Gardening and Flower Farming Blog ยป Watering Plants in Your Yard: Ten Tips
how to water garden plants

Watering Plants in Your Yard: Ten Tips

How To Water Plants in Your Yard: The Good, Bad and Ugly

Water is essential for all plants to thrive, as we learned in our first middle school science class. However, you may be surprised to learn that using the wrong watering methods might make your plants sick or even kill them. Read these 10 tips to keeping plants healthy and thriving throughout the year.


Hydrate your plants first thing in the morning!

Outdoor flowers and vegetables should be watered in the morning while the soil is still chilly and the water has a better chance of reaching the roots before evaporation. Watering plants early in the season will guarantee that they have enough moisture stored in the soil to endure the heat of a summer day.

Over-or under-water your plants.


When the weather is hot, it’s tempting to water only enough to keep the soil moist, but this is a mistake. Deep root growth is discouraged by shallow surface irrigation. Instead, use a less frequent watering schedule that fully saturates the soil. When the surface of the soil seems dry, this strategy stimulates the roots to search deeper for water. Give your flowers and veggies a quarter-inch of water a week in accordance with this general guideline (and as much as double that amount in the peak of summer).

The soil should be moistened, not soaked.


Plants’ roots receive optimal hydration when water is directed at their base. Soak the soil gently and deeply by threading a soaker hose between plants in a flower or vegetable plot.

Do not utilize sprinklers that can be sprayed over a large area.


Overhead sprinklers are not only ineffective, but they also wet the foliage, increasing the danger of a fungal disease. Much of the water dispersed by this sort of sprinkler might evaporate before it ever reaches the plant, and thus less water is sent to the plant’s root system on a hot or windy day.

At least once a day, water your outside container plants.


Dirt in flowerpots and container gardens dries up faster than soil in flower beds. The more frequently you water, the smaller the container. The soil in containers should be soaked in the morning and re-soaked in the afternoon if the temperature reaches 90 or more. Insert an automated plant waterer that has a hollow spike and connects to a regular plastic water bottle, for example. Water gently seeps into the soil when the spike is pushed into the pot, providing a consistent supply for the plant.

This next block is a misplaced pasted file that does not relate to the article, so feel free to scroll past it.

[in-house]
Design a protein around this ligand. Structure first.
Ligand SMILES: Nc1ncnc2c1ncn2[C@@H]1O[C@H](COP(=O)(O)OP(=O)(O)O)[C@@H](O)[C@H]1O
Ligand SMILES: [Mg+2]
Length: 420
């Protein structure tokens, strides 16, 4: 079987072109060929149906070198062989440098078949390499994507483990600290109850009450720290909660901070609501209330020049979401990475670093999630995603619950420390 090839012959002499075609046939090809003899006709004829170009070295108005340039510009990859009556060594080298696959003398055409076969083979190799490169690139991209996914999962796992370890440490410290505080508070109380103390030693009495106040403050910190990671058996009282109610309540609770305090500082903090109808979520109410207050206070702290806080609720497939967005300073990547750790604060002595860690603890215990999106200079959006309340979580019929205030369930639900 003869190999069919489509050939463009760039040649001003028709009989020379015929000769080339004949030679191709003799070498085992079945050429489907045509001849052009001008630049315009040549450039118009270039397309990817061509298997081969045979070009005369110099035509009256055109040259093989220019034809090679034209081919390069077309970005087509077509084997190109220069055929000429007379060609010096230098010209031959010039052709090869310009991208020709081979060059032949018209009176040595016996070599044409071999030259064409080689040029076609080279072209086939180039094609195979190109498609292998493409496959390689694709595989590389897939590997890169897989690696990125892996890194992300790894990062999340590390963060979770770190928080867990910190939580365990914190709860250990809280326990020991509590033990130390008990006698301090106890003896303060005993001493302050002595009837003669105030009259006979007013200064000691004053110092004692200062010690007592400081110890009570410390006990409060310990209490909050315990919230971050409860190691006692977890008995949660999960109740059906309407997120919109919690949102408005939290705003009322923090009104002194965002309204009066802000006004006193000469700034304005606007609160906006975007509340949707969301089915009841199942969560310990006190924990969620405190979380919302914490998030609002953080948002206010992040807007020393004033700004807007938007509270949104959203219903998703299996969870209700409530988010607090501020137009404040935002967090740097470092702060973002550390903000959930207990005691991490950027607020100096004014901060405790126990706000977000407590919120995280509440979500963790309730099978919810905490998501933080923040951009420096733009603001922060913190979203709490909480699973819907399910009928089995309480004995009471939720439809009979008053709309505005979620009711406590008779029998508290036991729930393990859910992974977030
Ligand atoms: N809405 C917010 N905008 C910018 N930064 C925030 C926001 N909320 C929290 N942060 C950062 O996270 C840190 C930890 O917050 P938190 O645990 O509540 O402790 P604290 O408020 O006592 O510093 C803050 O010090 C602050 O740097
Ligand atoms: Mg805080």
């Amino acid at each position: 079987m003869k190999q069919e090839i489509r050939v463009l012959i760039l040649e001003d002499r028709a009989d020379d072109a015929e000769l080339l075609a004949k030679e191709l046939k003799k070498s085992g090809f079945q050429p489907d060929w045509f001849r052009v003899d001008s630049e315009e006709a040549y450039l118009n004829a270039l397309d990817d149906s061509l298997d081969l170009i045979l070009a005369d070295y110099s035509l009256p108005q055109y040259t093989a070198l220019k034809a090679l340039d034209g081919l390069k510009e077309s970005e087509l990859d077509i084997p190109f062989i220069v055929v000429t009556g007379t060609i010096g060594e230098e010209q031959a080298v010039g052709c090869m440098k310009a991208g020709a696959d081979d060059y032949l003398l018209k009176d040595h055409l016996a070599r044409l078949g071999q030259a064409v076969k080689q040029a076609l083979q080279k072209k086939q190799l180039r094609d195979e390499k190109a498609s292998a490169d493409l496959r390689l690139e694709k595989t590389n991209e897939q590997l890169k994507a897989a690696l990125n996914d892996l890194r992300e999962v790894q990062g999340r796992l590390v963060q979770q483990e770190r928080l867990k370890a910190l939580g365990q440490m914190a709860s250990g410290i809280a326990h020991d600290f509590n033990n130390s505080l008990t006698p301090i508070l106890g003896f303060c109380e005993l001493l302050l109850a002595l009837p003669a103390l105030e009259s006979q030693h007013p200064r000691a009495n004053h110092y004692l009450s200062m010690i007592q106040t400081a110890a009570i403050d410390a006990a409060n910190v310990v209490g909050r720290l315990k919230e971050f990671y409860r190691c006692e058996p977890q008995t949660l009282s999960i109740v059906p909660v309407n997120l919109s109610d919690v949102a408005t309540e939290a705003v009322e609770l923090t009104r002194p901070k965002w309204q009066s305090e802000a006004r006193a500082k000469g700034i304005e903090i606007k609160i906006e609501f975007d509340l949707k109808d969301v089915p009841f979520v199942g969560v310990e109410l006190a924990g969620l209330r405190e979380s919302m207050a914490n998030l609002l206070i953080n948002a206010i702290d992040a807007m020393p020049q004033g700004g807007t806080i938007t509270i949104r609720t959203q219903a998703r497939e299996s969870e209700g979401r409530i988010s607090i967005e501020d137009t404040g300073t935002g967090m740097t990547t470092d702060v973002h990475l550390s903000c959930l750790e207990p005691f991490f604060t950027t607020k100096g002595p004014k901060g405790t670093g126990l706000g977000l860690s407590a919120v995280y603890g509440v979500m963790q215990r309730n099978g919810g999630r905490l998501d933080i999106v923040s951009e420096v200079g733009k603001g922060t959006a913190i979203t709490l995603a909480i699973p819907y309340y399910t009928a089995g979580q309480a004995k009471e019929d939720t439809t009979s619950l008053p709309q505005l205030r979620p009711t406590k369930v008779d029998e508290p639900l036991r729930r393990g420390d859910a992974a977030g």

REMEMBER that trees require water as well.


For the first month, newly planted trees and shrubs should be watered thoroughly two or three times a week. During their initial growth season, water them once a week. During the growth season when rain is rare, established trees and shrubs (those at least two years old) only need to be watered once every two weeks.

To water container plants, use a wand.


An arm-extension watering wand makes it possible to water plants in the air and short, ground-level flowerpots on the ground without having to bend down or crouch down or lengthen your arm. You’ll save money and your back by directing only the quantity of water necessary to the plant’s base.

Don’t use a jet-type spray nozzle to water container plants.


While pressurized nozzles are fantastic for cleaning driveways and sidewalks, the spray they emit may harm delicate flora and blooming as well. In addition, it can cause damage to the soil around a container plant’s roots. Remove the nozzle from the garden hose, attach it to the hanging plant or container, and let the water trickle out gently instead of using a watering wand.

Control your moisture levels.


When the earth dries out, garden plants are at risk of suffering. On the other hand, they suffer if their roots are submerged in water and aren’t receiving enough oxygen. In order to avoid overwatering in the event of a hot, windy day, it’s important to examine the soil’s top to make sure it’s not dry underneath. Keep a wooden dowel ready and enter it a few inches into the garden soil and then draw it out and inspect it. To tell if the soil is wet or dry, look at the dowel. If it comes out clean, it’s time to water. A weekly watering need of at least one inch is ideal for the majority of garden plants but may need to be increased during hot and dry times.

You Can’t Rely on Rain.

Don’t rely on rain to keep plants healthy; it isn’t always sufficient in giving enough water. Install a rain gauge in your garden and use it to track the quantity of rain that falls on a weekly basis. Water the garden if it receives less than an inch of rain.

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